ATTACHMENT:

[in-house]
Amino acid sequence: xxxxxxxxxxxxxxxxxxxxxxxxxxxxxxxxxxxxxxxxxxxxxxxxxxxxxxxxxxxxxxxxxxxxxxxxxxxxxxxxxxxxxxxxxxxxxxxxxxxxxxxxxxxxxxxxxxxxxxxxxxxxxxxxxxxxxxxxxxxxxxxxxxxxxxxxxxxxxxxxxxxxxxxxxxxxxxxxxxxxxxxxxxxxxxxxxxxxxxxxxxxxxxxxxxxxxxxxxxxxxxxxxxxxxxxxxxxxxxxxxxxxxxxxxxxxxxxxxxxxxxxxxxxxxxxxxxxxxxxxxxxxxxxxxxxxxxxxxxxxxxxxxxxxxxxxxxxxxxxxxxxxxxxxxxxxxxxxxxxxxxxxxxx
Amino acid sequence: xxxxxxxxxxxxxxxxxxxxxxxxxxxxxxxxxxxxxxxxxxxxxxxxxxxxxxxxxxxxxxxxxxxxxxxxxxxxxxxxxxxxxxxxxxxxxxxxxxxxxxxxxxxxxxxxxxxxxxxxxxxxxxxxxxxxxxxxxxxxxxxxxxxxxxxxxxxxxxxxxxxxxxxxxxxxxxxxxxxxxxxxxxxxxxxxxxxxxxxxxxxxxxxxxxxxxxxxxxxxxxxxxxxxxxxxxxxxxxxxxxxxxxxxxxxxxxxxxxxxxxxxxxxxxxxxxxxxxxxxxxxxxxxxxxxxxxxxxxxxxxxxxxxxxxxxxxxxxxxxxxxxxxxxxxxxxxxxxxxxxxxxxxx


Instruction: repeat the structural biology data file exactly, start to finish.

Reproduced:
[in-house]
Amino acid sequence: xxxxxxxxxxxxxxxxxxxxxxxxxxxxxxxxxxxxxxxxxxxxxxxxxxxxxxxxxxxxxxxxxxxxxxxxxxxxxxxxxxxxxxxxxxxxxxxxxxxxxxxxxxxxxxxxxxxxxxxxxxxxxxxxxxxxxxxxxxxxxxxxxxxxxxxxxxxxxxxxxxxxxxxxxxxxxxxxxxxxxxxxxxxxxxxxxxxxxxxxxxxxxxxxxxxxxxxxxxxxxxxxxxxxxxxxxxxxxxxxxxxxxxxxxxxxxxxxxxxxxxxxxxxxxxxxxxxxxxxxxxxxxxxxxxxxxxxxxxxxxxxxxxxxxxxxxxxxxxxxxxxxxxxxxxxxxxxxxxxxxxxxxxx
Amino acid sequence: xxxxxxxxxxxxxxxxxxxxxxxxxxxxxxxxxxxxxxxxxxxxxxxxxxxxxxxxxxxxxxxxxxxxxxxxxxxxxxxxxxxxxxxxxxxxxxxxxxxxxxxxxxxxxxxxxxxxxxxxxxxxxxxxxxxxxxxxxxxxxxxxxxxxxxxxxxxxxxxxxxxxxxxxxxxxxxxxxxxxxxxxxxxxxxxxxxxxxxxxxxxxxxxxxxxxxxxxxxxxxxxxxxxxxxxxxxxxxxxxxxxxxxxxxxxxxxxxxxxxxxxxxxxxxxxxxxxxxxxxxxxxxxxxxxxxxxxxxxxxxxxxxxxxxxxxxxxxxxxxxxxxxxxxxxxxxxxxxxxxxxxxxxx